Slip Him A Mickey
Finding it hard to get through the day? Rubbing your eyes a great deal? Yeah, we know. You're not the one with the sleep issues—it's your kid! He wakes up several times at night, or takes forever to settle down until you find that one of you has fallen asleep on the floor, and it's usually not your toddler.
You are not alone—as many as 25% of all infants and toddlers have some kind of sleep disturbance. You're being run ragged, so you run to your pediatrician for help. The problem is there isn't any tried and true, quick resolution.
The doctor may decide your situation is so urgent that you need a short-term solution. That means medication. Yes, the idea of drugging your child so all of you can get some rest is unsavory, but you just can't take it anymore. What are the options?
Well, there are antihistamines, for one thing. You may have noticed that your child's allergy medication makes him sleepy. It's a real phenomenon. Benadryl makes kids sleepy. So, your doctor may prescribe it for some short-term relief. But be forewarned that your toddler will likely have a hangover the next morning, and when you stop medicating him, he's going to have a whopping case of withdrawal insomnia. A few nights of sleep may not be worth these adverse effects.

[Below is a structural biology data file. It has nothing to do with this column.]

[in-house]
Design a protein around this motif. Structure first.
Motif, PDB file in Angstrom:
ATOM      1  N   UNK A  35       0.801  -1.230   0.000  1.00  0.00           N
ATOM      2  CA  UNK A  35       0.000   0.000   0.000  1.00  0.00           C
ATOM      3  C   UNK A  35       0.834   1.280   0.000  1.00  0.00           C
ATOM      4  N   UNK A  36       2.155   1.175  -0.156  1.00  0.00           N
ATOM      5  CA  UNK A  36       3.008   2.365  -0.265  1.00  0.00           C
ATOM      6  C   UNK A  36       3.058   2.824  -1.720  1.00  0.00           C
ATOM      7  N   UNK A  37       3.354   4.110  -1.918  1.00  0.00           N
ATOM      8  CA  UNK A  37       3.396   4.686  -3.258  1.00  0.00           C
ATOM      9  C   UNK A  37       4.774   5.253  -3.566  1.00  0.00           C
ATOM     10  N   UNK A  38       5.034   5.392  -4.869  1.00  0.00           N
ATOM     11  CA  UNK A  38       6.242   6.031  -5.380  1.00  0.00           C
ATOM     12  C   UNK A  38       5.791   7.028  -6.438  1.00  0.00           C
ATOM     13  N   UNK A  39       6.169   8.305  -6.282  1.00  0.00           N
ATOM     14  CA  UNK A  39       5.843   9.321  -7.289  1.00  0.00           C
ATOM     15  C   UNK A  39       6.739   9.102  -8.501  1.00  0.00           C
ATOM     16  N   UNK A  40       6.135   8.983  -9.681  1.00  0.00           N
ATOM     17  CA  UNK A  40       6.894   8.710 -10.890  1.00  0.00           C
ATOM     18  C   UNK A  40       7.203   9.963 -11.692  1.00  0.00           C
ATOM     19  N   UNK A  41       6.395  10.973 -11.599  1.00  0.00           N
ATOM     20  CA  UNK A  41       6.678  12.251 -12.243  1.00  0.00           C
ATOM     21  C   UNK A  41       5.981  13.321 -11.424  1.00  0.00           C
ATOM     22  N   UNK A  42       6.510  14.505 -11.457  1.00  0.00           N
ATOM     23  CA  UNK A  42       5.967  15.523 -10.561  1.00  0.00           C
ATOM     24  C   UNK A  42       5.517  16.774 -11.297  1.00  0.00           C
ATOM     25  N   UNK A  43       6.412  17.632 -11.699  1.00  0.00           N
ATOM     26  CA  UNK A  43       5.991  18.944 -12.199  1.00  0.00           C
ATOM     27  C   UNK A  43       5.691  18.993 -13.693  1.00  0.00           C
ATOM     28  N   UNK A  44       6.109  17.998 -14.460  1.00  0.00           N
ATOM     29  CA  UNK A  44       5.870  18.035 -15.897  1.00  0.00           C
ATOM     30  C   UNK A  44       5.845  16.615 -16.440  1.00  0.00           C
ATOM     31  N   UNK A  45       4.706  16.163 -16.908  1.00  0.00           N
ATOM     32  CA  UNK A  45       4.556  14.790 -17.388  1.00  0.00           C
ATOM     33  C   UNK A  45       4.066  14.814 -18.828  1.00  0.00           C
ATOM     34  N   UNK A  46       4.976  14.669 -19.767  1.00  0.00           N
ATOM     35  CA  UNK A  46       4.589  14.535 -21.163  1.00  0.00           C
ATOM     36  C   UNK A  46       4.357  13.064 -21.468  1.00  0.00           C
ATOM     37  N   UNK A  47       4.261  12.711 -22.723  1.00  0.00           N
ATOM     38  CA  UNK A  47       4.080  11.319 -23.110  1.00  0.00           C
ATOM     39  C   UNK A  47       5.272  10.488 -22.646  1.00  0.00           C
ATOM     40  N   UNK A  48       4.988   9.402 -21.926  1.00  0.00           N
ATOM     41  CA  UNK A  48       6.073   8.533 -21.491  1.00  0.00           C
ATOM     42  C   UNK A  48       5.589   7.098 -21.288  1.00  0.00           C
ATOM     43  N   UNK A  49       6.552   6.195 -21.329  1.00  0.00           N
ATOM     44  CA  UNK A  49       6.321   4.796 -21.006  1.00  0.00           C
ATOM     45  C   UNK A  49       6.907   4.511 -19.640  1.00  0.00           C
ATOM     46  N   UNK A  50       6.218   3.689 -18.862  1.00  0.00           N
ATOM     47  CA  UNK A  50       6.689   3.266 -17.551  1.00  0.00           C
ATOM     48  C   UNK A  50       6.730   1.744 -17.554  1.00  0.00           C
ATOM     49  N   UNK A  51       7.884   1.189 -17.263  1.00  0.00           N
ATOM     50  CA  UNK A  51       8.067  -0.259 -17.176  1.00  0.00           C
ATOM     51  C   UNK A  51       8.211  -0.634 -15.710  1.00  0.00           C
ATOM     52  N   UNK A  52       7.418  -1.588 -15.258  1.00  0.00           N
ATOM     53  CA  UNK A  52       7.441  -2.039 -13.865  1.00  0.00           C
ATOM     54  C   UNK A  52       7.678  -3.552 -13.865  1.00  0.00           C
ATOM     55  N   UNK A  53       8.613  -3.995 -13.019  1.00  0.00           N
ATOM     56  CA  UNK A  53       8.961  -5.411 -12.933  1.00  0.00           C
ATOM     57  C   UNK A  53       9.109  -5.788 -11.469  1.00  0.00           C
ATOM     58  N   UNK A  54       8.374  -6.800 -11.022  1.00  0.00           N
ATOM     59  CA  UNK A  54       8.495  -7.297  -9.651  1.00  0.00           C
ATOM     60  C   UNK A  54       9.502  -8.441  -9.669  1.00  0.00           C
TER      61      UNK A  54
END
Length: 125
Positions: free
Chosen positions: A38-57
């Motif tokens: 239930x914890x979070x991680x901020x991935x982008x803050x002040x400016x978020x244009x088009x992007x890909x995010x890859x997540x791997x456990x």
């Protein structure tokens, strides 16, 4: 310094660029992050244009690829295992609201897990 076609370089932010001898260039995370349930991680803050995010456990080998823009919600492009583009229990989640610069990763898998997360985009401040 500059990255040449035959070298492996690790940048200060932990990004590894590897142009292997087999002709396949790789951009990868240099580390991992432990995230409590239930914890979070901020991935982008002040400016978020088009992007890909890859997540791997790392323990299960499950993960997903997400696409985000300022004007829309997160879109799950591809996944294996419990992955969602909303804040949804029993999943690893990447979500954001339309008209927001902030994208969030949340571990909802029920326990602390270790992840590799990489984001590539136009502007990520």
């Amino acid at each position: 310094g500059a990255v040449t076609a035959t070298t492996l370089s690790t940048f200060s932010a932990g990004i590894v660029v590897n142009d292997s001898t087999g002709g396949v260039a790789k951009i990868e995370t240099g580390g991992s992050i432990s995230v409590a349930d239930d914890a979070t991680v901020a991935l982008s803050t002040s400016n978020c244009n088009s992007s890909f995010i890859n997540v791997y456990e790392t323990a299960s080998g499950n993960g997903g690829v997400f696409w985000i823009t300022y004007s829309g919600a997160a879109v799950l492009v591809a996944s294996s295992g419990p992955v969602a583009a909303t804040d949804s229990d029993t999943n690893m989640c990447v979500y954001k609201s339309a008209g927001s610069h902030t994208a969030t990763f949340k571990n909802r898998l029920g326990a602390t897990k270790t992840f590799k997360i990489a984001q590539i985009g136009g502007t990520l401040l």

Other medications often prescribed for ITSD (infant and toddler sleep disturbances) include chloral hydrate, benzodiazepine, and melatonin. Here we discuss chloral hydrate.
Chloral hydrate was first synthesized in the year 1832 and has become infamous as the medical agent contained in a "Mickey Finn." In old movies, mafia henchmen were always treating someone to an alcoholic drink laced with chloral hydrate. The act became known by the expression, "slipping a Mickey."
Today, chloral hydrate is in common use as a sedative for children who must undergo medical or dental procedures. Doctors do often prescribe this medication for ITSD, and for this purpose chloral hydrate is probably second in popularity only to benadryl. It's important that your pediatrician give a very thorough physical evaluation and sleep history before he or she prescribes chloral hydrate, since this medication has the potential to cause unpleasant side effects in children suffering from sleep apnea. Chloral hydrate has also been known to be the culprit in the occasional case of accidental overdose. Fatigued parents who lose sleep because their kids aren't sleeping must summon up some extra vigilance when dosing a child with this medication.
While there's a great deal of data attesting to the safety and effectiveness of chloral hydrate as a one-time dose for kids undergoing dental or medical procedures, no such studies show what will happen to children with sleep disturbances who are receiving regular doses of the stuff. The American Academy of Pediatric Dentistry finds this fact alarming, considering that chloral hydrate comes with a risk for the accumulation of metabolites that might be carcinogenic. As safe new alternatives come onto the market, for instance melatonin, a natural hormone that can help regulate the sleep/wake cycle, chloral hydrate will likely be phased out as a sleep sedative for children.